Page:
18 May 2011
China began losing significant shares in the first quarter this year, on the US apparel import market. Unit prices of Chinese products more strongly increased in a large number of apparel categories, if compared with shipments from other nations, or Rest of the World (RoW), as reflected by our series of statistical tables.
China began losing shares of US apparel import market, in the first quarter this year.
When imports from China were declining 0.54% in volume terms, shipments from other nations rose 11.64%.
As a result, China's share dropped from 36.86% in first quarter last year down to 34.21% over the same period this year.
The share of the rest of the world (RoW) rose from 63.14% up to 65.79%, consecutively.
This is obviously due to a stronger rise in prices in China, after labour costs were significantly raised in the last year.
In the first quarter, average unit value of US apparel imports from China gained 8.19%, against a 4.18% increase for shipments from RoW.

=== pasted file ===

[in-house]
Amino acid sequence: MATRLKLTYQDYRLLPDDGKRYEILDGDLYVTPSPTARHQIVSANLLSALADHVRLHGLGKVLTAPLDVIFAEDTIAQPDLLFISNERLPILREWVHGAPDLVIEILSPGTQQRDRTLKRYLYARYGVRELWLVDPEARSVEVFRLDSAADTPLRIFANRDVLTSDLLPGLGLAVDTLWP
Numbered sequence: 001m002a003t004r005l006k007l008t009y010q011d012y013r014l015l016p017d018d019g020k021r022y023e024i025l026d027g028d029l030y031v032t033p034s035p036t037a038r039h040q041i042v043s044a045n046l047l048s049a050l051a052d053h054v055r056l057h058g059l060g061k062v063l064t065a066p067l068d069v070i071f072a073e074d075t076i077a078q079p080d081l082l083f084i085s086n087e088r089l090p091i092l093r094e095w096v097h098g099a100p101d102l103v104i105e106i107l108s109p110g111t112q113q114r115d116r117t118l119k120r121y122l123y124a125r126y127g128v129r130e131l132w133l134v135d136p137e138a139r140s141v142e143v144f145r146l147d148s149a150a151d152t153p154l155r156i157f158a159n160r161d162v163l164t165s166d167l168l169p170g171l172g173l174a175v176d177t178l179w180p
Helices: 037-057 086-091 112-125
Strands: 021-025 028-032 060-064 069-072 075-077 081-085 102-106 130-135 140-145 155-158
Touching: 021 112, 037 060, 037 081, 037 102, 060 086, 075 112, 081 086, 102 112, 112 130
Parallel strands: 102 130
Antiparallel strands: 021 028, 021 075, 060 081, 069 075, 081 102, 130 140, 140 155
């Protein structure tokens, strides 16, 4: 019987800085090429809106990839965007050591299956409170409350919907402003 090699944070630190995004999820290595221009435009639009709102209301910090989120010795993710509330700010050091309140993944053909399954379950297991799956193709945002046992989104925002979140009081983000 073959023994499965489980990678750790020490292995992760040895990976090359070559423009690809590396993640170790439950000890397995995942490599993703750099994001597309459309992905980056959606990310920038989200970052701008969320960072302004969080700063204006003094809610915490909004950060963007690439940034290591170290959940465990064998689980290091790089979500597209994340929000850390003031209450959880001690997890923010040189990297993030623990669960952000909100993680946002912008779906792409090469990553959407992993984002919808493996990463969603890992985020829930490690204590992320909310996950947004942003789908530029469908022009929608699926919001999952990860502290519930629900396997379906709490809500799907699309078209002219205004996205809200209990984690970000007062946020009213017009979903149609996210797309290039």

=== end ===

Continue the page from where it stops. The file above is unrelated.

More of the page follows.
In value terms, as a result, China's market share less declined, although still losing ground, however, from 34.50% to 32.76%.
Imports from China declined in the first quarter in nearly all apparel categories, in volume terms.
There were strong differences, however, with Chinese shipments down 33% in 350 cotton dressing gowns or even 39% in 341 (cotton woven shirts for women and girls).
Imports of Chinese cotton sweaters surged 30.87% by contrast, but this was a lower increase than from RoW (+ 39.47%).
Even in man-made fiber apparel categories, China lost market shares in first quarter.
China is however more resisting with men's apparel than with women's products.
This is because average price is lower on the men's market where products are more basic, and therefore more sensitive to a rise in labour costs.
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